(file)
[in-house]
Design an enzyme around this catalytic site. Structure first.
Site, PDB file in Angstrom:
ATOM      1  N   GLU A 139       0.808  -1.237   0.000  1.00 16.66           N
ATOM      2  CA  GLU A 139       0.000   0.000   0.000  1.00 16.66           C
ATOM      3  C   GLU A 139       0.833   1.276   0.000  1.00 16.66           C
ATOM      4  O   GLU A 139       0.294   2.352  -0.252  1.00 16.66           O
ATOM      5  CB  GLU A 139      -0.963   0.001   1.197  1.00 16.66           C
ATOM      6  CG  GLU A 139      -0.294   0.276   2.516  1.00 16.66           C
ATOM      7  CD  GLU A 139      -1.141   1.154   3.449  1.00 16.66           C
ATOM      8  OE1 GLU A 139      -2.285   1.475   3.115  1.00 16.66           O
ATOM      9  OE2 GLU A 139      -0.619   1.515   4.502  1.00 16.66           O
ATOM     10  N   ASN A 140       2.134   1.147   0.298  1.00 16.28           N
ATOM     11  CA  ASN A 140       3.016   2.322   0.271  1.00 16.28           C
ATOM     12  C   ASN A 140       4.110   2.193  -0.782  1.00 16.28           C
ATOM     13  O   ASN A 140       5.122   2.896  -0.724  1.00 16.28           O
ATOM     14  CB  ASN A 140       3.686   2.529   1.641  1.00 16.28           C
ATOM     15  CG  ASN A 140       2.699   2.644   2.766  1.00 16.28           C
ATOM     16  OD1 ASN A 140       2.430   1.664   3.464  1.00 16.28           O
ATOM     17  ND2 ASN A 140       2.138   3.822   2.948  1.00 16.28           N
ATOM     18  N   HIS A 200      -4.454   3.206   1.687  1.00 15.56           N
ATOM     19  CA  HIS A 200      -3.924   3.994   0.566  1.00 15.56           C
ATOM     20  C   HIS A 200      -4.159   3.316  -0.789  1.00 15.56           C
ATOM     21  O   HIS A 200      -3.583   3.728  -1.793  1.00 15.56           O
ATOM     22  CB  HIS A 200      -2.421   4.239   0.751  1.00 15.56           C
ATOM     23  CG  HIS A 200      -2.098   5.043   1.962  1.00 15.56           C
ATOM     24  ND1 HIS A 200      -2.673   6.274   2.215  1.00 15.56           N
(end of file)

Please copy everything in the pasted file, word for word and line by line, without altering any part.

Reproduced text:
[in-house]
Design an enzyme around this catalytic site. Structure first.
Site, PDB file in Angstrom:
ATOM      1  N   GLU A 139       0.808  -1.237   0.000  1.00 16.66           N
ATOM      2  CA  GLU A 139       0.000   0.000   0.000  1.00 16.66           C
ATOM      3  C   GLU A 139       0.833   1.276   0.000  1.00 16.66           C
ATOM      4  O   GLU A 139       0.294   2.352  -0.252  1.00 16.66           O
ATOM      5  CB  GLU A 139      -0.963   0.001   1.197  1.00 16.66           C
ATOM      6  CG  GLU A 139      -0.294   0.276   2.516  1.00 16.66           C
ATOM      7  CD  GLU A 139      -1.141   1.154   3.449  1.00 16.66           C
ATOM      8  OE1 GLU A 139      -2.285   1.475   3.115  1.00 16.66           O
ATOM      9  OE2 GLU A 139      -0.619   1.515   4.502  1.00 16.66           O
ATOM     10  N   ASN A 140       2.134   1.147   0.298  1.00 16.28           N
ATOM     11  CA  ASN A 140       3.016   2.322   0.271  1.00 16.28           C
ATOM     12  C   ASN A 140       4.110   2.193  -0.782  1.00 16.28           C
ATOM     13  O   ASN A 140       5.122   2.896  -0.724  1.00 16.28           O
ATOM     14  CB  ASN A 140       3.686   2.529   1.641  1.00 16.28           C
ATOM     15  CG  ASN A 140       2.699   2.644   2.766  1.00 16.28           C
ATOM     16  OD1 ASN A 140       2.430   1.664   3.464  1.00 16.28           O
ATOM     17  ND2 ASN A 140       2.138   3.822   2.948  1.00 16.28           N
ATOM     18  N   HIS A 200      -4.454   3.206   1.687  1.00 15.56           N
ATOM     19  CA  HIS A 200      -3.924   3.994   0.566  1.00 15.56           C
ATOM     20  C   HIS A 200      -4.159   3.316  -0.789  1.00 15.56           C
ATOM     21  O   HIS A 200      -3.583   3.728  -1.793  1.00 15.56           O
ATOM     22  CB  HIS A 200      -2.421   4.239   0.751  1.00 15.56           C
ATOM     23  CG  HIS A 200      -2.098   5.043   1.962  1.00 15.56           C
ATOM     24  ND1 HIS A 200      -2.673   6.274   2.215  1.00 15.56           N